Gear spotlight: Canon’s EF-S 60mm f/2.8 Macro USM

I think I’ll try something different today. I’ve been pondering doing a post about my photographic gear for a while, but I’m not sure how much people would actually get out of looking at my kit. Instead I want to highlight just one piece of equipment in particular: Canon’s EF-S 60mm macro lens.

The motivation behind this post is that I’ve had several new DSLR owners ask me about lenses. It’s perfectly natural to want more than one lens after buying into a camera system. I got to thinking about what lenses I bought when I got my first DSLR, and what lenses I actually use most. It didn’t take much thought – my favorite lens, by a mile, is Canon’s EF-S 60mm macro.

Canon EF-S 60mm f/2.8 Macro USM
Dusty because it’s always sitting at the ready (or because I forgot to clean it before taking this shot).

This is actually one of the first two lenses I bought when I got my Rebel T2i. For under $500, it produces fantastic images. It’s sharp even when wide open, has great color rendition, produces nice bokeh, and resists glare and flare reasonably well.

Canon EF-S 60mm f/2.8 Macro USM

Image quality isn’t the only area where this lens excels. On a crop body, the 60mm focal length is very versatile. It can serve as a portrait lens, performs decently in low light thanks to its f/2.8 max aperture, and is light and small enough to use on walkabouts. In fact I do carry this lens with my Rebel daily, though I don’t actually do much street photography.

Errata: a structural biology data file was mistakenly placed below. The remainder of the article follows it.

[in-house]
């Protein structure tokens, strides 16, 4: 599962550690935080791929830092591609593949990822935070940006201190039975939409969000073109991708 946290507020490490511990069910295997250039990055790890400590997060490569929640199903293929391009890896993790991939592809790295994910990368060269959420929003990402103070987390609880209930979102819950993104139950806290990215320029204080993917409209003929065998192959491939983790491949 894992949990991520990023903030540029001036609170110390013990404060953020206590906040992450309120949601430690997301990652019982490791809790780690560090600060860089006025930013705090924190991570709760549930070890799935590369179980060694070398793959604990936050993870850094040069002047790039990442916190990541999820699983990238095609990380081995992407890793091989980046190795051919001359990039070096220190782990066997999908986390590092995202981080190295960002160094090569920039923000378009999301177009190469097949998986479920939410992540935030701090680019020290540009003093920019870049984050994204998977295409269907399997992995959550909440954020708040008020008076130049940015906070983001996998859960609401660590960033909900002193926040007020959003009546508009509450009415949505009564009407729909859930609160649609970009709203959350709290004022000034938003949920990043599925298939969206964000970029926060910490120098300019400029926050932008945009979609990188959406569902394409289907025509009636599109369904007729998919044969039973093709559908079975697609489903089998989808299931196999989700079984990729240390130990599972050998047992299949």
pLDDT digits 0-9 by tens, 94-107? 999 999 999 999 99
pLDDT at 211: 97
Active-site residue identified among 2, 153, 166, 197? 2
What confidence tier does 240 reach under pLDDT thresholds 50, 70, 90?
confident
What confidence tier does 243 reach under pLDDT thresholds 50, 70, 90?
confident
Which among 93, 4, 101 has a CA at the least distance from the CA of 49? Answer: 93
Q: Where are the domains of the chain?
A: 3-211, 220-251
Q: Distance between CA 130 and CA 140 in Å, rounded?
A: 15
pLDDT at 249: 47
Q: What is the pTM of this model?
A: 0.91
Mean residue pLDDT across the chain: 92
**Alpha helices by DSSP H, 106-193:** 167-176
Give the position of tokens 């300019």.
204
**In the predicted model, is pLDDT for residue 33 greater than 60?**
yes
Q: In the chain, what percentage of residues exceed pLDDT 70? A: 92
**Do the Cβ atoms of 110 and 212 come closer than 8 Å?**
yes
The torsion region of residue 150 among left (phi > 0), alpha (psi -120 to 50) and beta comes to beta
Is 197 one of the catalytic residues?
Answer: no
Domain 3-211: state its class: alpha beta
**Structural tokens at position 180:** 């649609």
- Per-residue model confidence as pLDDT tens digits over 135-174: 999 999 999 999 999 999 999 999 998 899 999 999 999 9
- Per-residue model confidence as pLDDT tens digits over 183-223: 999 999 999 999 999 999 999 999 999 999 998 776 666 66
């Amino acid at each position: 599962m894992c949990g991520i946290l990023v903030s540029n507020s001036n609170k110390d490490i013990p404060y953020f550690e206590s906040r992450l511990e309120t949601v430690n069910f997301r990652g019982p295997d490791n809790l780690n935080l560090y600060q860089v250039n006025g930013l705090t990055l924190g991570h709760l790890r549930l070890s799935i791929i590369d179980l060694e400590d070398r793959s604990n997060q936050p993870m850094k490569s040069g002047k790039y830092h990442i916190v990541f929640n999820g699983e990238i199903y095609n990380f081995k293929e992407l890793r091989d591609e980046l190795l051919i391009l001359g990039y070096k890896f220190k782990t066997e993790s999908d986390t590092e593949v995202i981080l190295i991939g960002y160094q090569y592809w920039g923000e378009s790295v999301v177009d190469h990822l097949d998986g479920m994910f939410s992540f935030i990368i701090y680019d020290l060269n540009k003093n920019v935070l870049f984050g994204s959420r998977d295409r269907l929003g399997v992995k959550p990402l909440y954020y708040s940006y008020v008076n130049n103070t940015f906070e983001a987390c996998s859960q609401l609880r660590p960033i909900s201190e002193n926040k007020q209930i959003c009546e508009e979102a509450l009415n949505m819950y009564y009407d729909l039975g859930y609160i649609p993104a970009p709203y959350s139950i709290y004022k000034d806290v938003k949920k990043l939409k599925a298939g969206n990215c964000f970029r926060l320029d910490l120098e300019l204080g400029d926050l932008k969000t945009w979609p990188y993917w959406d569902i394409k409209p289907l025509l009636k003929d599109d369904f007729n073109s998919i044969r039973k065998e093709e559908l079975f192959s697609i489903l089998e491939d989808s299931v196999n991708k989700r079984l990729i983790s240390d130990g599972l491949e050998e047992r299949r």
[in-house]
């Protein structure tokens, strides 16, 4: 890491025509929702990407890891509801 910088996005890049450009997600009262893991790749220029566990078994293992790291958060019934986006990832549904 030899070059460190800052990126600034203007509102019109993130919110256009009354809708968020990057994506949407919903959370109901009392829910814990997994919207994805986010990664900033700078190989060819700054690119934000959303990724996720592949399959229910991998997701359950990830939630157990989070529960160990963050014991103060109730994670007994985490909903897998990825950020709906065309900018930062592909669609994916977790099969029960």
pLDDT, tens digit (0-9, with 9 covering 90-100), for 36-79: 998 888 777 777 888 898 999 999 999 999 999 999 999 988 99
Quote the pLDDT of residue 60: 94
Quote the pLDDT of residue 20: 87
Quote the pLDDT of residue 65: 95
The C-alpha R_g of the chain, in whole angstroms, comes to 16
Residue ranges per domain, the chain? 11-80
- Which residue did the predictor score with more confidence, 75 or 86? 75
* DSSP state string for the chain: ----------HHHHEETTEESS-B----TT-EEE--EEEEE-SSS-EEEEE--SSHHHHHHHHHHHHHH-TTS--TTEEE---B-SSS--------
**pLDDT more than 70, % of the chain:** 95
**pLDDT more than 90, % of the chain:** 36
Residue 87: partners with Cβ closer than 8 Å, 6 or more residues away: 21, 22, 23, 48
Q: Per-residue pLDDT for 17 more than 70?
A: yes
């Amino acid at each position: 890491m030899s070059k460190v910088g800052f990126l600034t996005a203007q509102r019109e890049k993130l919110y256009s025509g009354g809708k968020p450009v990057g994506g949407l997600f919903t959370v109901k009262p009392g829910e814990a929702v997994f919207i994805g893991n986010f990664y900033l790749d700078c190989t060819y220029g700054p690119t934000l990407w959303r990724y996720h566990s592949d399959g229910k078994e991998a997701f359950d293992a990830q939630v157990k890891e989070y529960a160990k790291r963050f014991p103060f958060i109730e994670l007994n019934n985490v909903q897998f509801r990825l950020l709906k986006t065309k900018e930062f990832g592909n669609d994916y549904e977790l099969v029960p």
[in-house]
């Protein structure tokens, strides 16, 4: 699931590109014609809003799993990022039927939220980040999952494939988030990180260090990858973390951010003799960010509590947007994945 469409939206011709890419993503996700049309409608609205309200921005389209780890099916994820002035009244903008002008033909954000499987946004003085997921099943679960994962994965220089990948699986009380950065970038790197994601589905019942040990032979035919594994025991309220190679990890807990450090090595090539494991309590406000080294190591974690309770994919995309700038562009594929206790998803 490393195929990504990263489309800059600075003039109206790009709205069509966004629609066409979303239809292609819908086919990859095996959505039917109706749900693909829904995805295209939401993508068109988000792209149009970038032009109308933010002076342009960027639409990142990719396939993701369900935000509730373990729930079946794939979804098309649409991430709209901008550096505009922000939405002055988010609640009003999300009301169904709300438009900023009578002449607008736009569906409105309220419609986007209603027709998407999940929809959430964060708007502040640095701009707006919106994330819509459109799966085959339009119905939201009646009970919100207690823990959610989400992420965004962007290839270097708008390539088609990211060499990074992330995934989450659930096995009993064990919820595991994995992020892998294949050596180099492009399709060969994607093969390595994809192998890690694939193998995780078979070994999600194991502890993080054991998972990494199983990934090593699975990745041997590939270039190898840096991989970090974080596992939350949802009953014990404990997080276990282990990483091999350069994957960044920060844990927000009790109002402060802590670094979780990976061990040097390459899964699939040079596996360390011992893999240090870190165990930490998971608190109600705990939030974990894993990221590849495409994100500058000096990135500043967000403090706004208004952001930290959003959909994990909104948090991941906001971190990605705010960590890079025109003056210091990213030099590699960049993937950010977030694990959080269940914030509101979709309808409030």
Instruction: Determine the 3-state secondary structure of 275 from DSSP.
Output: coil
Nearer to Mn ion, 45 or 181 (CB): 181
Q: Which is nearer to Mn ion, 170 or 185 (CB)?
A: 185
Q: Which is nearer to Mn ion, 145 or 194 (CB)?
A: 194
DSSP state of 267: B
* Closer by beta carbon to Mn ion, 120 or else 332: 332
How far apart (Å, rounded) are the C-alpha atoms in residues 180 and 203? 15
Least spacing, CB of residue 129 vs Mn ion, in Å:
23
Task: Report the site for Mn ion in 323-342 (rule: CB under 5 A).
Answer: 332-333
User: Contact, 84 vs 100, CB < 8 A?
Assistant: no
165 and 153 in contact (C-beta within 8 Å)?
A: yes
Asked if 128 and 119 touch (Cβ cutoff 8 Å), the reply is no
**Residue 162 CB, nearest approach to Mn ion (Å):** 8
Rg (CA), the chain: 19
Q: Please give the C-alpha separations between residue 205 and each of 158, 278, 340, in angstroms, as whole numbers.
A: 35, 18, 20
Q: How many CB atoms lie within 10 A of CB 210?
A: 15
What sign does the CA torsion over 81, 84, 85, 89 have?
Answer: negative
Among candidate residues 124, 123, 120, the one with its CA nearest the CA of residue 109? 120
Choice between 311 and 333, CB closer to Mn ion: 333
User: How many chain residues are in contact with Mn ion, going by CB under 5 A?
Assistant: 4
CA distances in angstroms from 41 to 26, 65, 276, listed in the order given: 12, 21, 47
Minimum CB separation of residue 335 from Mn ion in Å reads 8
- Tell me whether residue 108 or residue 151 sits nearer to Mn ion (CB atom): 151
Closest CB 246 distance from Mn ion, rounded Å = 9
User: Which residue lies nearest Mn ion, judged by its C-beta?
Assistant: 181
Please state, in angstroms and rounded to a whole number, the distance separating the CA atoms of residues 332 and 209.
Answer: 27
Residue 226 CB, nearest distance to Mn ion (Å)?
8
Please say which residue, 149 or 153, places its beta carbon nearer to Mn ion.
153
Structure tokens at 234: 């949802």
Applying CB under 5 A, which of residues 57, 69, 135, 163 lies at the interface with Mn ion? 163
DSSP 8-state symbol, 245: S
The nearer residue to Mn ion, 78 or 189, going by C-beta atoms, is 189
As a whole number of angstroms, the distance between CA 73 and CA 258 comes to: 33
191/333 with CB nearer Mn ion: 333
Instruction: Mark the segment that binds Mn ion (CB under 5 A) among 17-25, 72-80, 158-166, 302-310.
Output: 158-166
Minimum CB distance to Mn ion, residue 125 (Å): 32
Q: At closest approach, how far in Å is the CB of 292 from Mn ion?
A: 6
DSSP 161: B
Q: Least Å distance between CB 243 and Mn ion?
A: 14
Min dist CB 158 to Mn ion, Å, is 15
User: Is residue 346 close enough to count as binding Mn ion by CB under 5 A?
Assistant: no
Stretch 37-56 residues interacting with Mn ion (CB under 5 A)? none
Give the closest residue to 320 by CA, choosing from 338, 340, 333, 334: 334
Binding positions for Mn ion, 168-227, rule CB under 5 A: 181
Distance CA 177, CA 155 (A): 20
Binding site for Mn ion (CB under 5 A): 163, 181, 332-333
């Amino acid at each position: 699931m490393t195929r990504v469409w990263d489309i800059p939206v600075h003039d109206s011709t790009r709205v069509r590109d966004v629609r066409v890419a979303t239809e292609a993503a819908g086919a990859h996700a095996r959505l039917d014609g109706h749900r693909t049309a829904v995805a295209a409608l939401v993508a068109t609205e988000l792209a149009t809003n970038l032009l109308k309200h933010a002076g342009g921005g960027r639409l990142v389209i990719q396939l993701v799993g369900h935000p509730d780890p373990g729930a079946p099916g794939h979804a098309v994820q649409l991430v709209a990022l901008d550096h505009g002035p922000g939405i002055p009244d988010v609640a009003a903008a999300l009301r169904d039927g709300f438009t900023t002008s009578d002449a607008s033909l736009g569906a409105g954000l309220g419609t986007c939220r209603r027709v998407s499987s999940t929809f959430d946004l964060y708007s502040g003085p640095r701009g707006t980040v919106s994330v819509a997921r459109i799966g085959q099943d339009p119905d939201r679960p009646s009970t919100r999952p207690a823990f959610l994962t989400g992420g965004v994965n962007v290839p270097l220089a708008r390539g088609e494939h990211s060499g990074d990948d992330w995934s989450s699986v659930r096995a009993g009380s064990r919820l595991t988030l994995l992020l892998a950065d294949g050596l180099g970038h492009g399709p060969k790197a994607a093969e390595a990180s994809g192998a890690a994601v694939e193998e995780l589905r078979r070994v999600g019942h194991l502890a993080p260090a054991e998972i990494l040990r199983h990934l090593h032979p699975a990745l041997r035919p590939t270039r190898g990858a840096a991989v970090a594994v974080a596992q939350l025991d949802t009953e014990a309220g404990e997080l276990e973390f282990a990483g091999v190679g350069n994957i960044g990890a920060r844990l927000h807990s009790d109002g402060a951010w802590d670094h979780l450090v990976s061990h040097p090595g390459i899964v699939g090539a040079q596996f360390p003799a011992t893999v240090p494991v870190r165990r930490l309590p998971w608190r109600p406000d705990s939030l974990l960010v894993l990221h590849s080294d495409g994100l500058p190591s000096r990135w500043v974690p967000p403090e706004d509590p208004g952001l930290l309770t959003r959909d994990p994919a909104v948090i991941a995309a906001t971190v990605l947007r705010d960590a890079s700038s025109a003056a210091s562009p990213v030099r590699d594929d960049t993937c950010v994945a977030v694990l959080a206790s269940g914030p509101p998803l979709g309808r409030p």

Canon EF-S 60mm f/2.8 Macro USM

The build quality is very good – more than adequate for studio work, though I’d be more careful with it in inclement weather or tough field conditions. This isn’t a rugged, weather-sealed L lens after all. Luckily there really isn’t much to go wrong with this lens. Above, you’ll see the only two controls: the focus ring, and the auto/manual focus switch. The focus ring has a nicely damped action that you can use fairly precisely.

Canon EF-S 60mm f/2.8 Macro USM